Cineastas 2Between the invention of movies and the year 2013, approximately 400,000 films have been made worldwide. Were someone to try to watch all of these films, without a moment’s pause, it would take about 92 years. Our fictions last longer than our lives. . . .

[H]ay cosas que son efímeras, las vidas, las relaciones, las familias, y otras que duran para siempre, como algunas ciudades o las grandes marcas del capitalismo. (Some things are ephemeral—things like lives, relationships, families—and some things last forever, like certain cities or major capitalist brands.)

In January the Argentine playwright and director Mariano Pensotti brought his Cineastas to the Public Theater in New York for a brief run, and I believe this is part of a US tour. It, Cineastas, was one of the great productions that, in a long life of theater-going, I have had the good fortune to see. The play concerns the lives and projects of four moviemakers, and the lines between lives and projects, and between characters, actors, and “real people,” often tangle and blur. One might say quickly that this is the point.

One of the characters-people has been kidnapped and is being held in solitary confinement. For several months nothing changes, and then one day his captors leave a printer in his cell. Every morning the printer generates automatically an image, always the same one, a photograph of the front of the house in which the man is being held. At first he thinks that this is a kind of warning, hinting at the consequences of any attempted revolt. But then he realizes that each day’s image is a photocopy of the previous day’s, and thus with each passing day the image is becoming less and less distinct. “Él sabe que un día, eventualmente, la imagen del frente de su casa va a terminar de desaparecer.” He realized that someday the image of the front of his house was going to end up disappearing. (In New York Cineastas was staged in Spanish with English subtitles. Pensotti has kindly sent me the Spanish script, from which I have made my own translations, including from the lines about “our fictions” quoted above.)

Weeping = eye + water.

It was not for nothing that the play was designed to take place on two levels and that there was no apparent logic governing whether a given scene would be staged “abajo” (on the bottom) or “arriba” (above). Rather, one of the characters, a Russian living in Argentina, says that an idea of the great Russian filmmaker and theorist Sergei Eisenstein, as well as of Japanese ideograms and of dialectical reasoning, is that the superposition of two ideas generates a third. Eye + water = weeping. And another character—Gabriel—who is keeping secret the fact that he has a terminal illness, thinks that a double life is more balanced than a single one.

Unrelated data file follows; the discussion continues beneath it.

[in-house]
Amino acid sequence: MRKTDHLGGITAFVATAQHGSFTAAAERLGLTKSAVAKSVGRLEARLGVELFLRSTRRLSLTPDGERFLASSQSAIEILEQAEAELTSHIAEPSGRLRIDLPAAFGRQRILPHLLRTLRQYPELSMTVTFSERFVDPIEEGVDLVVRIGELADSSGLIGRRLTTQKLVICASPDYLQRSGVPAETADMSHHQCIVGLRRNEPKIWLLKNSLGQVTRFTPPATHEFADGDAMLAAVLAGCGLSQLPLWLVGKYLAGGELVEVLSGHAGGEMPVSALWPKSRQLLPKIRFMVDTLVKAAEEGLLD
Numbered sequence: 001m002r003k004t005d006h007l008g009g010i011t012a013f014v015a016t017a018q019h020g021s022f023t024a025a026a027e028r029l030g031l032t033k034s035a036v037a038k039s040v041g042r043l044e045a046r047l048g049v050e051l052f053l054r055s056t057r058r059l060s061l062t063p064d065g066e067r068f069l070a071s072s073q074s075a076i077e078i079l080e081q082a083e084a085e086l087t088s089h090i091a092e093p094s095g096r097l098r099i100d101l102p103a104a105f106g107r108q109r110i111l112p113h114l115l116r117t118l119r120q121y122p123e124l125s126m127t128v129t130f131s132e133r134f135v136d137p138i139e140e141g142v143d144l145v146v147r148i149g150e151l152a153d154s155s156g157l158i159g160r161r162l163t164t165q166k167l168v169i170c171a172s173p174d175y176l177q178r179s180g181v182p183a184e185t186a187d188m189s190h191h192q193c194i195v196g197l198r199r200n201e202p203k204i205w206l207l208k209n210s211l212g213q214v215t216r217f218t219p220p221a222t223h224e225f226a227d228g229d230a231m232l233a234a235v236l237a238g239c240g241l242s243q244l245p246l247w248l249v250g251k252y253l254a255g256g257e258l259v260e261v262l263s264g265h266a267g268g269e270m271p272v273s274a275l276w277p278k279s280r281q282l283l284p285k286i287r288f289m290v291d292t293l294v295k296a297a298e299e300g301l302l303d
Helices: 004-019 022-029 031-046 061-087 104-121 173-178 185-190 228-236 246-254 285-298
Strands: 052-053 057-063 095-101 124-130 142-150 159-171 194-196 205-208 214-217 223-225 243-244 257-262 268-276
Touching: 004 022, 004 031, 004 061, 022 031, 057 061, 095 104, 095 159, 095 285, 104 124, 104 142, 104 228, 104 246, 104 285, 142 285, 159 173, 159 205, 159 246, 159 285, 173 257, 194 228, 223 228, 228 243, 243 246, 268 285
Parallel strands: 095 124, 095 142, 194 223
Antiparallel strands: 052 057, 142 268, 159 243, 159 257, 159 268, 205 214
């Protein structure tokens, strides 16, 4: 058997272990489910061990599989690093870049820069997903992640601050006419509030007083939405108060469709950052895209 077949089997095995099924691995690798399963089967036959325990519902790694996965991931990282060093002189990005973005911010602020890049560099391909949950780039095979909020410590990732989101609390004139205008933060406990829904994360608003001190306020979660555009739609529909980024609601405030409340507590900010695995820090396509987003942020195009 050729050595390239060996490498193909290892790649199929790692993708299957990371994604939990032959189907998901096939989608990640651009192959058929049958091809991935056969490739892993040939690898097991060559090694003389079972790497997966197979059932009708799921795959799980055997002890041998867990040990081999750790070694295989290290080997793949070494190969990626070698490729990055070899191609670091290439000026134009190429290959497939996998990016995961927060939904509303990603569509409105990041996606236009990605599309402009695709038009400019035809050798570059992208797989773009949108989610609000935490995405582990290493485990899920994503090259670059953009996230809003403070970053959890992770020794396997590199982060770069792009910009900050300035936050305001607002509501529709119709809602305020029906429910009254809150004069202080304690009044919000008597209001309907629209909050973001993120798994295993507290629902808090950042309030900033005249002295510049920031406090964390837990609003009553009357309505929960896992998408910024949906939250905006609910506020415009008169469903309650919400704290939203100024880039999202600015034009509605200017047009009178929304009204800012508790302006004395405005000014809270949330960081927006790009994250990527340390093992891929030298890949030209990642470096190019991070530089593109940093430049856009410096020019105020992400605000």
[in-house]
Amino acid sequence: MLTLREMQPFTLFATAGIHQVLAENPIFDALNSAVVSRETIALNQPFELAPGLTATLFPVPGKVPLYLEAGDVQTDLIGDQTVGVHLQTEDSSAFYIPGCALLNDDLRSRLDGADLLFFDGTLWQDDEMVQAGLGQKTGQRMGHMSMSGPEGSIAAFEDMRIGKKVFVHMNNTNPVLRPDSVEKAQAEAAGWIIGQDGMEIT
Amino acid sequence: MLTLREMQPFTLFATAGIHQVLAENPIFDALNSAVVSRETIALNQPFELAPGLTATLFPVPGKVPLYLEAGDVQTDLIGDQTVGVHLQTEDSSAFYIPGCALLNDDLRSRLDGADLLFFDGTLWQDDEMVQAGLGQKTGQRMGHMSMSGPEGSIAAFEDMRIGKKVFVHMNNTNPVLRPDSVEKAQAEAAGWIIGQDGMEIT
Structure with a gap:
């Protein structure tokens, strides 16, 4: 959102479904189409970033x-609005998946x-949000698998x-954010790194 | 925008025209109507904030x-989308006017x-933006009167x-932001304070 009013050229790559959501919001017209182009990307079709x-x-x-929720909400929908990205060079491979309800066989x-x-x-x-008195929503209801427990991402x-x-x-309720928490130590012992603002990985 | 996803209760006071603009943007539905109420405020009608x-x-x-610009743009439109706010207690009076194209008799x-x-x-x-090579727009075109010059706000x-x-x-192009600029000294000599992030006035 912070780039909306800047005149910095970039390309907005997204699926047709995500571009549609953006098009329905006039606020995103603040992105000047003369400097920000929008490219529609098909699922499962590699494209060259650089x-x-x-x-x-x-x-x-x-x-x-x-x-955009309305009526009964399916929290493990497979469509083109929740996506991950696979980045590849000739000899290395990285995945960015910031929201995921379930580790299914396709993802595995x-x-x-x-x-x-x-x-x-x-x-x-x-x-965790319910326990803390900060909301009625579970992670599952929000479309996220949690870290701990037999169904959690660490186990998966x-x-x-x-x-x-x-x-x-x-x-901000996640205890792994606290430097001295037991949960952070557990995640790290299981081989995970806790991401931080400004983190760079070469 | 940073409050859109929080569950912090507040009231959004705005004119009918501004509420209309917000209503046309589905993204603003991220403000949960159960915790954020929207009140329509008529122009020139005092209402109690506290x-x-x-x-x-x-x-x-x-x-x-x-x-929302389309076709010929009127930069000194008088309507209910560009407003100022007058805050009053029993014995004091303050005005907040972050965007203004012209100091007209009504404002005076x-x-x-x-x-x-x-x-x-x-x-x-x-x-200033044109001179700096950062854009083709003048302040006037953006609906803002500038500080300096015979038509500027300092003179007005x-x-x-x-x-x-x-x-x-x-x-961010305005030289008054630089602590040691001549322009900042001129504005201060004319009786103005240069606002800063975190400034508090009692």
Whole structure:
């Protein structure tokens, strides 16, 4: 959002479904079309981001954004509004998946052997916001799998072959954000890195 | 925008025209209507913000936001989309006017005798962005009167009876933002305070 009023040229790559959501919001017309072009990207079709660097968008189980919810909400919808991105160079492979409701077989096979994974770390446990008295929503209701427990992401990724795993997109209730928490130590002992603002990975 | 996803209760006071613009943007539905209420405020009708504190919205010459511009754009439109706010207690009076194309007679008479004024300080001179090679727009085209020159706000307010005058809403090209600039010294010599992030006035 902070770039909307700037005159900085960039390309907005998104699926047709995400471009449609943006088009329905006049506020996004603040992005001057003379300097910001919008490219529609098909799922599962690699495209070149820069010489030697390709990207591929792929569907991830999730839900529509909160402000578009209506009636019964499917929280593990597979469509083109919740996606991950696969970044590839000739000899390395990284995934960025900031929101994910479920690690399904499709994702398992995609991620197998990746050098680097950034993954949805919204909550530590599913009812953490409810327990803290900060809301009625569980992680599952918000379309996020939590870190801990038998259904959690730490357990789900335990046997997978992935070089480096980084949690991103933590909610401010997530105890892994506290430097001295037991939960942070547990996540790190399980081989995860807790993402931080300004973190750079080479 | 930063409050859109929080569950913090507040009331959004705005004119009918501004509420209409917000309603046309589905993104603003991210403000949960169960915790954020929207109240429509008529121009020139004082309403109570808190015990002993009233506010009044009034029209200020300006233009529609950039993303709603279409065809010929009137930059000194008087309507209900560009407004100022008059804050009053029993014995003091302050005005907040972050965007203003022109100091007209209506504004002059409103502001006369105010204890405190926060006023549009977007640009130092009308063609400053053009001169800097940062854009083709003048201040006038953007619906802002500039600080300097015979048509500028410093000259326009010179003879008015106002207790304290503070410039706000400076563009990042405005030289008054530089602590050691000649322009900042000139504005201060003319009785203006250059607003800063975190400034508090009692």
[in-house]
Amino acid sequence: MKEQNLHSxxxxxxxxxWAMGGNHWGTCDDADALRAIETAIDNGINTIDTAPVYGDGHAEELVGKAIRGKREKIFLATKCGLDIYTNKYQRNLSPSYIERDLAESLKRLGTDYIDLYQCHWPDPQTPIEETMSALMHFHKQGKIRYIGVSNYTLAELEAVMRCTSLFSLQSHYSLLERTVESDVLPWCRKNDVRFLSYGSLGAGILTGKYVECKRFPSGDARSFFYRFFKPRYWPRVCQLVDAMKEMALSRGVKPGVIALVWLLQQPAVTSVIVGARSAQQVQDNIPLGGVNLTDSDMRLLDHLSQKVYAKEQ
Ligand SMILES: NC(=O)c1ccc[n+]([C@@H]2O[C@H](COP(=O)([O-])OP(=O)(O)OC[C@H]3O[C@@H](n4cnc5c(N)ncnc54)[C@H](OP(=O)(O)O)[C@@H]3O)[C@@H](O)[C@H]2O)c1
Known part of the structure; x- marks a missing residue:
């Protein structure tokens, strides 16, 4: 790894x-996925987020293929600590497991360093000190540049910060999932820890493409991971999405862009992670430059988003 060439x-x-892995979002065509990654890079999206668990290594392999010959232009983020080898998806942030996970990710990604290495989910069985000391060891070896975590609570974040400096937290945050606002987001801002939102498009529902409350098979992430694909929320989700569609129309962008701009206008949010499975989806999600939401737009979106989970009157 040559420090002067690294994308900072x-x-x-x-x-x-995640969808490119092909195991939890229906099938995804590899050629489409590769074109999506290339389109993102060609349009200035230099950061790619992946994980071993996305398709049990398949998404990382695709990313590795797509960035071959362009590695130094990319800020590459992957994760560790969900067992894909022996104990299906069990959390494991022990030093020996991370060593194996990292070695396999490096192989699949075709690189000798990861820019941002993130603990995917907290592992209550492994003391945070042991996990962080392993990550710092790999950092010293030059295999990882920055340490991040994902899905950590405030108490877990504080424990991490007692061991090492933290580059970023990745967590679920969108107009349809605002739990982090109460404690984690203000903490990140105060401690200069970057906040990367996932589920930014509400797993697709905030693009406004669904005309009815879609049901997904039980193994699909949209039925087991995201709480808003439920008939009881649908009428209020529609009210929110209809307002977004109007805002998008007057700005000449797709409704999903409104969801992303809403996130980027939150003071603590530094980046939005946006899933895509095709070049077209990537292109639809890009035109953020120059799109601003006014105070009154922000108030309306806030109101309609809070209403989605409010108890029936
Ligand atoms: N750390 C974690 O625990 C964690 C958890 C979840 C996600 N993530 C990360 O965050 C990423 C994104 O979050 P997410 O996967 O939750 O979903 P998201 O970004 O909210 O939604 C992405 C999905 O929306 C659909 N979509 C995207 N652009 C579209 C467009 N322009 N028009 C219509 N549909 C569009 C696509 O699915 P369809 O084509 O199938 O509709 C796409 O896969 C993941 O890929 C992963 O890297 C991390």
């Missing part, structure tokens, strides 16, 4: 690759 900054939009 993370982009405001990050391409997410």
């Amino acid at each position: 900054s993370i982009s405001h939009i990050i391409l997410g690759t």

Among the salient features of the script was a succession of reversals, as I am terming them. The remainder of this post will present two of these.


One night there is a crisis on the set of the film that Gabriel is making. The wardrobe supervisor’s husband, a young man, had recently died, and his widow, the supervisor—Mirta—had given all his clothes to the Salvation Army. And now the Salvation Army had been solicited to supply the clothing for the extras to wear in a given scene. Mirta has seen coming toward her all the extras, every one of them wearing her dead husband’s clothes. She is, let’s say, more than a little disturbed by this, but Gabriel, himself soon to die, is more philosophical. Soon his clothes and his other possessions will end up being used in someone else’s movie. Indeed, soon enough the principal actor in his movie has moved into his house and is having an affair with his wife.

The production company has not liked at all the rough cut of the highly personal film Gabriel has made—the film that he hopes will help his daughter remember him after his death. The company has hired a new director who is effacing all the most autobiographical scenes.


Another filmmaker—Mariela, a Russian orphan raised in Argentina—comes to believe that in Russia things last forever, whereas in Buenos Aires (capital of a country that has been in decline for a century) nothing is ever built, everything just fades away. Pregnant with either a Russian man’s or an Argentinian man’s child, she decides to return to the Russian village of her Russian grandparents.

At the very end of Cineastas, after a very long and arduous trip, Mariela finally—in a dust-covered train in the dark of night—arrives in this village. She finds the humble village still exactly as it was in her grandparents’ day; the villagers still wearing the same clothes as before; plowhorses, wooden bridges, and farm laborers carrying kerosene lanterns, celebrating the end of the harvest.

Como si la ilusión se desvaneciera ante una orden invisible.

Mariela feels that finally she has found her place in the world. And here, too, she feels, she has found all that she needs to complete her documentary film—her lost identity, something that will last, that is not ephemeral. She is so moved and happy her eyes fill with tears.

Suddenly the visible world seems to come to a halt and begin decomposing. Illusion seems to be disappearing in the face of an invisible order.

She discovers that the place is a huge television set erected in the middle of the steppes. Work on a historical miniseries has just wrapped up and the crew has begun celebrating the end of the filming.

— Wm. Eaton, Zeteo Executive Editor



The photograph, from a production of Cineastas is by Carlos Furman.

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